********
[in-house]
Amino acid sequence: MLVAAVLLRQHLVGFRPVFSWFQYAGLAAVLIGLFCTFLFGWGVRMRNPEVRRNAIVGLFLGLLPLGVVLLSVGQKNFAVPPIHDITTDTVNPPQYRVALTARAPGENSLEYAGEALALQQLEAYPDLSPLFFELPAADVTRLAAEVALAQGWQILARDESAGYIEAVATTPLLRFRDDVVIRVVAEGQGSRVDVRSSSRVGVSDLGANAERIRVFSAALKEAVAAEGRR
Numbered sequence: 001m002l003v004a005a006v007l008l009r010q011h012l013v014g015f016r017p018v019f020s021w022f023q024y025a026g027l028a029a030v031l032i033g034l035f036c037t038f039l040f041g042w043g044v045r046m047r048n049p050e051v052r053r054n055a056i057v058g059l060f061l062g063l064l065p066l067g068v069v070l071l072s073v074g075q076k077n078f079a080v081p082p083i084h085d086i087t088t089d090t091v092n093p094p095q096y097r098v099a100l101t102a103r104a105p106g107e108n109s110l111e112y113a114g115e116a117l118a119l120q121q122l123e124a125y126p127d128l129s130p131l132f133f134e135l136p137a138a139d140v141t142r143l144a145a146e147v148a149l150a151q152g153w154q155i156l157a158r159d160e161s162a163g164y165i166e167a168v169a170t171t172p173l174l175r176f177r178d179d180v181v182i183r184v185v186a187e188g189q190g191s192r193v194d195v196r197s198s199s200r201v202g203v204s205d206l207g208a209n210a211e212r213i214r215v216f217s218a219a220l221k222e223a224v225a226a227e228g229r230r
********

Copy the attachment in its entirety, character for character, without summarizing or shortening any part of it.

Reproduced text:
[in-house]
Amino acid sequence: MLVAAVLLRQHLVGFRPVFSWFQYAGLAAVLIGLFCTFLFGWGVRMRNPEVRRNAIVGLFLGLLPLGVVLLSVGQKNFAVPPIHDITTDTVNPPQYRVALTARAPGENSLEYAGEALALQQLEAYPDLSPLFFELPAADVTRLAAEVALAQGWQILARDESAGYIEAVATTPLLRFRDDVVIRVVAEGQGSRVDVRSSSRVGVSDLGANAERIRVFSAALKEAVAAEGRR
Numbered sequence: 001m002l003v004a005a006v007l008l009r010q011h012l013v014g015f016r017p018v019f020s021w022f023q024y025a026g027l028a029a030v031l032i033g034l035f036c037t038f039l040f041g042w043g044v045r046m047r048n049p050e051v052r053r054n055a056i057v058g059l060f061l062g063l064l065p066l067g068v069v070l071l072s073v074g075q076k077n078f079a080v081p082p083i084h085d086i087t088t089d090t091v092n093p094p095q096y097r098v099a100l101t102a103r104a105p106g107e108n109s110l111e112y113a114g115e116a117l118a119l120q121q122l123e124a125y126p127d128l129s130p131l132f133f134e135l136p137a138a139d140v141t142r143l144a145a146e147v148a149l150a151q152g153w154q155i156l157a158r159d160e161s162a163g164y165i166e167a168v169a170t171t172p173l174l175r176f177r178d179d180v181v182i183r184v185v186a187e188g189q190g191s192r193v194d195v196r197s198s199s200r201v202g203v204s205d206l207g208a209n210a211e212r213i214r215v216f217s218a219a220l221k222e223a224v225a226a227e228g229r230r